Skip to content, or skip to search.

Skip to content, or skip to search.

Uniqlones

ShareThis

By four o’clock on Friday, a full-scale looting seems under way. There are two empty racks by the front door, one bare hanger swinging alone. Shoppers swarm by a table of pastel denim that has been mixed into a rainbow. A little farther in, Brink and Campos pass another bare rack. It’s supposed to be filled with $19.50 cotton flare vests, a light and loose vest for women, but there is just one left.

“I told you these would blow out,” says Brink. “And they blew out.”

On the second floor, there are fifteen men waiting in line for the fitting room. Campos pulls over assistant manager Deborah Ulloa and they start shifting thin stacks of vintage-wash oxford shirts around, trying to make the tables look a little fuller. The shirts are regularly $29.50, but this week they are $19.50, sitting under a sign that says promotion.

“At this point,” says Campos, “this layout is broken.”

He radios the stockroom, asking someone in the back to push some shirts onto the floor. Gesturing at a nearby rack, he taps two pairs of white chinos.

“Look at this,” he says. “There’s nothing here. We need replenishment, but we’re not getting it. I need to talk to the guys in the stockroom.” He heads through one of the doors behind the cash-wrap.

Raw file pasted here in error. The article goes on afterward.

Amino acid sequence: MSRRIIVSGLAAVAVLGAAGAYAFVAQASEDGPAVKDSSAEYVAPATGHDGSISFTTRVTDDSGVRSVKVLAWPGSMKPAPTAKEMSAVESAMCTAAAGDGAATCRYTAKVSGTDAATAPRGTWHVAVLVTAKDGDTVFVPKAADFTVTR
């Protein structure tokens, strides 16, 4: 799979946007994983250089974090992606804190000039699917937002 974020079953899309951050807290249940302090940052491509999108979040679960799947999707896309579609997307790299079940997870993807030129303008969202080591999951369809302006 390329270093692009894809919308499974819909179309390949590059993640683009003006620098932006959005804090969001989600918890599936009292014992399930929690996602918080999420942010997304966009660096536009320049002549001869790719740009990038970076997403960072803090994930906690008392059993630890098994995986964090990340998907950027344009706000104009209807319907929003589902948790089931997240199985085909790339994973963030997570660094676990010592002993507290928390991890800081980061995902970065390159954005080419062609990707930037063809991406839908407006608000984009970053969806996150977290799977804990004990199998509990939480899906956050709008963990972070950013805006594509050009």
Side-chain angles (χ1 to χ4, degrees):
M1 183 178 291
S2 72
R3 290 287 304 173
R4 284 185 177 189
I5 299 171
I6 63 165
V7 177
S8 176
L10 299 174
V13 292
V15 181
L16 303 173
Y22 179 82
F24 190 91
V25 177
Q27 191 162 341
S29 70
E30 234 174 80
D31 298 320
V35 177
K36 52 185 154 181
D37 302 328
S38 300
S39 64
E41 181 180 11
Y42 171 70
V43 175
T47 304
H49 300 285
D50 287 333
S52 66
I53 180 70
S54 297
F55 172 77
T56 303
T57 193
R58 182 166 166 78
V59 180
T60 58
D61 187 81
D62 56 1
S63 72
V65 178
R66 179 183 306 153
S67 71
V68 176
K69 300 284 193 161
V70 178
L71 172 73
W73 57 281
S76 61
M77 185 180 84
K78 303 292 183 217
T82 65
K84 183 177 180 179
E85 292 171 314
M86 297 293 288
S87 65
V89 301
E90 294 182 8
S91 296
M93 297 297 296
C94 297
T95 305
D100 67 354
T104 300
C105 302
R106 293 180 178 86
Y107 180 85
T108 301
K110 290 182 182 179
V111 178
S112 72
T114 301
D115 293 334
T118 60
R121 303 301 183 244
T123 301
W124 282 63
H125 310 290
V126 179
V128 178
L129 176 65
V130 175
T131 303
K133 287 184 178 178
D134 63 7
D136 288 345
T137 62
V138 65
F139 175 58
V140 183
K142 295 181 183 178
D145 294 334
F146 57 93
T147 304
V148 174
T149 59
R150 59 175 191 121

A gray-haired gentleman stands in the aisle. He has on dark-green corduroys and a blue Barbour jacket. He looks like he should be out shooting quail, but here he is, in the thick of it at Uniqlo. There are lots of gentlemen like him who wander into the store. He has a Uniqlo shopping bag in his hands, and he is trying to fold it.

“Do you want me to take that for you?” asks Ulloa.

“Oh, no,” says the man, a bit sheepishly. “I want this bag.” He rushes off with his prize.

“We get that all the time,” says Ulloa. “Sometimes people come in and just ask for a couple of bags.”

Just below, on the mezzanine, Ahmed is still unpacking and refolding jeans. There is now a big open space where the UJ slim-fit straight jeans are supposed to be. He’s been folding for eight hours, and he is nowhere near caught up.


Related:

Advertising
Current Issue
Subscribe to New York
Subscribe

Give a Gift

Advertising